How do we build into an NGO the concept of regularly exploring / discovering what we don’t know?

And this can happen in every or any part of our work anywhere.

[A conversation I had with Michael Campbell at HFPG‘s consultant workshop that I delivered in early December.]

November 29, 2016

If “they” fail the 20 questions….

Maybe you should find a better place to work.

Visit Tom Ahern’s new website. Pretty cool. I’m impressed.

Check out “The TEST Your Boss MUST Take!” 

Click here. Take it yourself first, of course. (I’m taking it shortly. Not sharing what I score but making darn sure that I learn the right answers if I fail questions!!!)

Share with your staff colleagues. (Maybe do it as a group in secret somewhere?)

Make sure your fundraising boss (and CEO) take it and learn this stuff and expect you to know the answers and make sure you know the answers. And teach the questions and the answers to your fundraising colleagues and your fundraising boss and your executive director / CEO person.

It’s kinda okay if your boss fails the test, but only if your boss is the ED/CEO. It’s only okay if your ED/CEO boss fails the test if that person says: “Well, of course I don’t know all the answers. But I expect you to know the answers and explain to me. And when you tell me to do stuff, I do it. Including that letter that I thought was kinda icky. But I sign it because you know the answers to these 20 questions. Thank you thank you. I was so smart to hire you!”

And if your ED/CEO doesn’t say what’s above…And continues fighting. You fight back. FIGHT BACK!!!!! No more whiny fundraisers. Your job is to fight back and explain and pass on your learnings. And if you fight for a couple years (yes…it can take that long) — and still no change in behavior from the bossies… THEN FIND ANOTHER JOB. YOU DESERVE BETTER!!!!

November 14, 2016

Yes. There are ethics in fundraising.

If you’re a board member, ask if your organization subscribes to a code of ethics in fundraising. Your board should talk about the ethical code and be familiar with the general content and areas of compliance. All your staff should know, too, that your organization follows such codes.

Your fundraising staff and board fund development committee could present an annual report on your organization’s compliance with the code. (And, of course, your board should adopt the fundraising code of ethics as a policy – just like your board should adopt the Donor Bill of Rights as a policy.)

Review this Code of Ethical Standards. The code includes things like: Public trust, transparent and conflicts of interest. Solicitation and stewardship. Treatment of confidential and proprietary information. Compensation, bonuses, and finders fees.

Here are some of my favorite parts of the AFP Code of Ethical Standards for Fundraising:

#14: Ensure that contributions are used in accordance with donors’ intentions.

#16: Obtain explicit consent by donors before altering the conditions of financial transactions.

#21: Not accept compensation or enter into a contract that is based on a percentage of contributions; nor…accept finder’s fees or contingent fees.

#22: Be permitted to accept performance-based compensation, such as bonuses, only if such bonuses are in accord with prevailing practices within the..organization and are not based on a percentage of contributions.

Unethical performance harms all other NGOs and harms the nonprofit sector. Beware! Hold your own organization and its people accountable. And demand that other NGOs do the same. Call them out if need be.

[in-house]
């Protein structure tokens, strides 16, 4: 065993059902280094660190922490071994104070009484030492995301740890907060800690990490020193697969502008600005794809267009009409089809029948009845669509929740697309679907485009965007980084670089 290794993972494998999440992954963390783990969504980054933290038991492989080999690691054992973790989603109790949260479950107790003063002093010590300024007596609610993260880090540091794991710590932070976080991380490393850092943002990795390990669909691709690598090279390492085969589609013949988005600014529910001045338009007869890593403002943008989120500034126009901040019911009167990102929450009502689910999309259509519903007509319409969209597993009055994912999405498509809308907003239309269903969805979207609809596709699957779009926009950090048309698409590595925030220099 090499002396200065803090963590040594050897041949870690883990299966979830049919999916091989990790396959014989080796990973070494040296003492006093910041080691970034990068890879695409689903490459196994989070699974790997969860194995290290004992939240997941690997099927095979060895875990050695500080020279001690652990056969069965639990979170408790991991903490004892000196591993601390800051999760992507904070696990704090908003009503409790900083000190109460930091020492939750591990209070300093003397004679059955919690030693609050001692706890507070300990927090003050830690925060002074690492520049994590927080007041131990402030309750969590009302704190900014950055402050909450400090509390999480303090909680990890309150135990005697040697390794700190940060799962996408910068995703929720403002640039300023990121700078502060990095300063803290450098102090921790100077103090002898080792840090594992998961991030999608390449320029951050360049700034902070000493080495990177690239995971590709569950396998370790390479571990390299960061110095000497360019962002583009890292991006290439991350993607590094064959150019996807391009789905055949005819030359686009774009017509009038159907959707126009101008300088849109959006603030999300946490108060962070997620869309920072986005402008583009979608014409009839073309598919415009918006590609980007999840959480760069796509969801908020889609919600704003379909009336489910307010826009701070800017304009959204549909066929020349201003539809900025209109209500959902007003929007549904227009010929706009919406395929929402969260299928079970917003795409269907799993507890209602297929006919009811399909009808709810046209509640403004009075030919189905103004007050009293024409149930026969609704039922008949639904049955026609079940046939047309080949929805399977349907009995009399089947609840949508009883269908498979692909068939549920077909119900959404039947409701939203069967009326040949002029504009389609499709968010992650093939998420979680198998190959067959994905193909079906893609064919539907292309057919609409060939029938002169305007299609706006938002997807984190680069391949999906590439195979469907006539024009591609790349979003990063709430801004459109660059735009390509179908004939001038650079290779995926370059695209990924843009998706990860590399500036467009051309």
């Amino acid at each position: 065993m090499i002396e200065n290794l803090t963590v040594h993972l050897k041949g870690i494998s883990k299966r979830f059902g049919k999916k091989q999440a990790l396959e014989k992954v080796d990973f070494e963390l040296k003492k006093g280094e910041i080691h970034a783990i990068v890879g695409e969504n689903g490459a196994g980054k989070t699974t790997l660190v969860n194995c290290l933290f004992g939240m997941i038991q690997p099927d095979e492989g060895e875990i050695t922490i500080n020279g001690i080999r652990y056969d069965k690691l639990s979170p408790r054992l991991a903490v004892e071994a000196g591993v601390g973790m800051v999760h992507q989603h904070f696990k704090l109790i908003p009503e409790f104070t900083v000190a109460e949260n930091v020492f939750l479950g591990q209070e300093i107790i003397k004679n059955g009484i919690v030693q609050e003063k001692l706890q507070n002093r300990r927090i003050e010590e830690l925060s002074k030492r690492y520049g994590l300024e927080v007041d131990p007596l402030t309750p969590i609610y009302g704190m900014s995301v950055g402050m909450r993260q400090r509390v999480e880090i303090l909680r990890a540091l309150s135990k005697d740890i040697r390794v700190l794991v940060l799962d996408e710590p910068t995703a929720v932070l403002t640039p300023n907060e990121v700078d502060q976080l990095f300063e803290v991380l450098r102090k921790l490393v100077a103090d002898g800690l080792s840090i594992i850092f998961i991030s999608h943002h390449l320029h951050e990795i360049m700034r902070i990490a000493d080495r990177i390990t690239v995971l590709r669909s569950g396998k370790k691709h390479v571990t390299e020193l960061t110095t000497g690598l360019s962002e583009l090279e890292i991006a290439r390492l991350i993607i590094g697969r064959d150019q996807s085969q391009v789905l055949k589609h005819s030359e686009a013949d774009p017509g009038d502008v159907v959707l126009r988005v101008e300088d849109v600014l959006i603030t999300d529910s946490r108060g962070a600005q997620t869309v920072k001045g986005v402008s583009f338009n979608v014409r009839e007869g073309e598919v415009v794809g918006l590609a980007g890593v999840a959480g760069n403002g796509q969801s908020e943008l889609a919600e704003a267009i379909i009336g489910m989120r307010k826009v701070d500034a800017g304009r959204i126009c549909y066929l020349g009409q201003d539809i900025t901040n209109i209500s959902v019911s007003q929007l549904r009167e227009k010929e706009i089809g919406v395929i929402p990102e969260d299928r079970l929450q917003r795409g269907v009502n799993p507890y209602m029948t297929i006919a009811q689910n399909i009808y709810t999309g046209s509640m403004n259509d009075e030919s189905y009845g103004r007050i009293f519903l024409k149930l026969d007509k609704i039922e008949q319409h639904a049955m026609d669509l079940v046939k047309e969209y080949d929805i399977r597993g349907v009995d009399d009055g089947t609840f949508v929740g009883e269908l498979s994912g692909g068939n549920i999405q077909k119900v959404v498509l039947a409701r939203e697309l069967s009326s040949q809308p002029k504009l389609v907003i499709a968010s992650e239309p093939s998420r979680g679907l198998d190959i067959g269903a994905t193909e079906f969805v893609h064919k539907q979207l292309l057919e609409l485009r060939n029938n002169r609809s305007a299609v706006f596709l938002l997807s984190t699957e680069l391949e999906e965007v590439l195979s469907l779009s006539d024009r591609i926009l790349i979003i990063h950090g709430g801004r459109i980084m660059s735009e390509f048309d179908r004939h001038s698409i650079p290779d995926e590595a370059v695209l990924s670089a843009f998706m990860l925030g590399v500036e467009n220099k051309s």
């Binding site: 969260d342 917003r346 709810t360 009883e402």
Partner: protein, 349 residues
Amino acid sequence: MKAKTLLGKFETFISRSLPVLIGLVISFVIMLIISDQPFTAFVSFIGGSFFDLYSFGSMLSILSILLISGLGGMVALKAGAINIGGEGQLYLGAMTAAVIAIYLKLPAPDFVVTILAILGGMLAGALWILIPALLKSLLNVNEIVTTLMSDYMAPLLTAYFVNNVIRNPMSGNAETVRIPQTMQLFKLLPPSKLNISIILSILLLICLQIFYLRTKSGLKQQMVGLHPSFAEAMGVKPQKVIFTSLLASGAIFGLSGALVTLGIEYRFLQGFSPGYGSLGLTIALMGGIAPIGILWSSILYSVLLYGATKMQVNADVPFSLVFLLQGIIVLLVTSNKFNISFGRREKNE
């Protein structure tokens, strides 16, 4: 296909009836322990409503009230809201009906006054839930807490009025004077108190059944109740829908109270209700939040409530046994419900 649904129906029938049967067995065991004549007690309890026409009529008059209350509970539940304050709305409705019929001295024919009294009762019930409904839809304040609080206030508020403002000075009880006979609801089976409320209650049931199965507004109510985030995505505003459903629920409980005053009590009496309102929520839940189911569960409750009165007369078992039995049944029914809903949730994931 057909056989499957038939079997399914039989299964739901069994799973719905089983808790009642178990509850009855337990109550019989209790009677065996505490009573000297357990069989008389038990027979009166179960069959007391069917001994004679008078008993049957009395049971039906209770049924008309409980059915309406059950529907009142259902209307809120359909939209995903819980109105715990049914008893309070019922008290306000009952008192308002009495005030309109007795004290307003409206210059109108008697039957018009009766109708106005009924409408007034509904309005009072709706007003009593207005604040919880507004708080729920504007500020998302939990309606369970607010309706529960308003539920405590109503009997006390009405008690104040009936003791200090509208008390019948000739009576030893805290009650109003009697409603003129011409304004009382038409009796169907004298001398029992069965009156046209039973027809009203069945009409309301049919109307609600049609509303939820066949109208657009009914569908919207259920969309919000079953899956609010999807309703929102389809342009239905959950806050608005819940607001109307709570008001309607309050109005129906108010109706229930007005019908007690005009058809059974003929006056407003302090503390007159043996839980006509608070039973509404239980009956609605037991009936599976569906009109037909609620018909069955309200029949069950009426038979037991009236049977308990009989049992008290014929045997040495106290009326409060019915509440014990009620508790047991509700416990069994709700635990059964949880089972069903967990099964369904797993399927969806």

November 7, 2016

Donor Bill of Rights

Has your organization adopted the Donor Bill of Rights as a policy? I hope so. It’s policies like these that help hold your fundraising accountable.

Have you engaged your board in a conversation about elements of the Donor Bill of Rights? I hope so. The most effective boards talk about this stuff.

So what are some of your favorite elements in the Donor Bill of Rights? Which ones do you think might surprise your CEO? Or surprise your program staff?

Which parts of the Donor Bill of Rights might be particularly difficult for your board to understand? For example:

#2: To be informed of the identity of those serving on the organization’s governing board, and to expect the board to exercise prudent judgment in its stewardship responsibilities.

#3: To have access to the organization’s most recent financial statements.

#9: To have the opportunity for their names to be deleted from mailing lists that an organization may intend to share.

Talk about all this with your board. Make sure every single board member – and the board as the collective – understand why and how your organization applies the Donor Bill of Rights.

 

September 29, 2016

Lovely relationship building

Doris, Tom, and I go to the theatre together. We subscribe to the Gamm. Just saw Tom Stoppard’s Arcadia. Amazing play. As usual, great acting and directing and……….. (See the screen scroll. Good website, by the way.)

Ushered to our seats. Envelope on my seat, “Simone Joyaux.”  (Wow. That’s cool. I don’t see envelopes on other seats. Really cool!)

“Dear Simone, Enjoy the show! I think it’s smart, sharp and challenging. Would love to hear your thoughts. Thank you for your support! All good wishes, Kate.” (Business card enclosed from Kate Anderson, Development Director)

Yes, Kate. The play was smart, sharp and challenging. (Talking about the play, our shared experience. Because of course Kate has seen the play!) And so well done, as usual by the Gamm players. And the set and the director and and …

How nice that Kate wrote me a note. Special. I was surprised. (Surprise is good.) Totally unexpected. (Core element of relationship building.) I’ll be she does this with other subscribers and donors, too.

Good for you, Kate. Hey Kate’s boss and board…. really nice work by your Kate. I think she understands relationship building. Kindness to subcribers (yay retention). Kindness to donors (yay retention). 

I’m not a big donor. Not at all.

 

 

Simone Joyaux, ACFRE, Adv Dip, is an internationally recognized expert in fund development, board and organizational development, strategic planning, and management.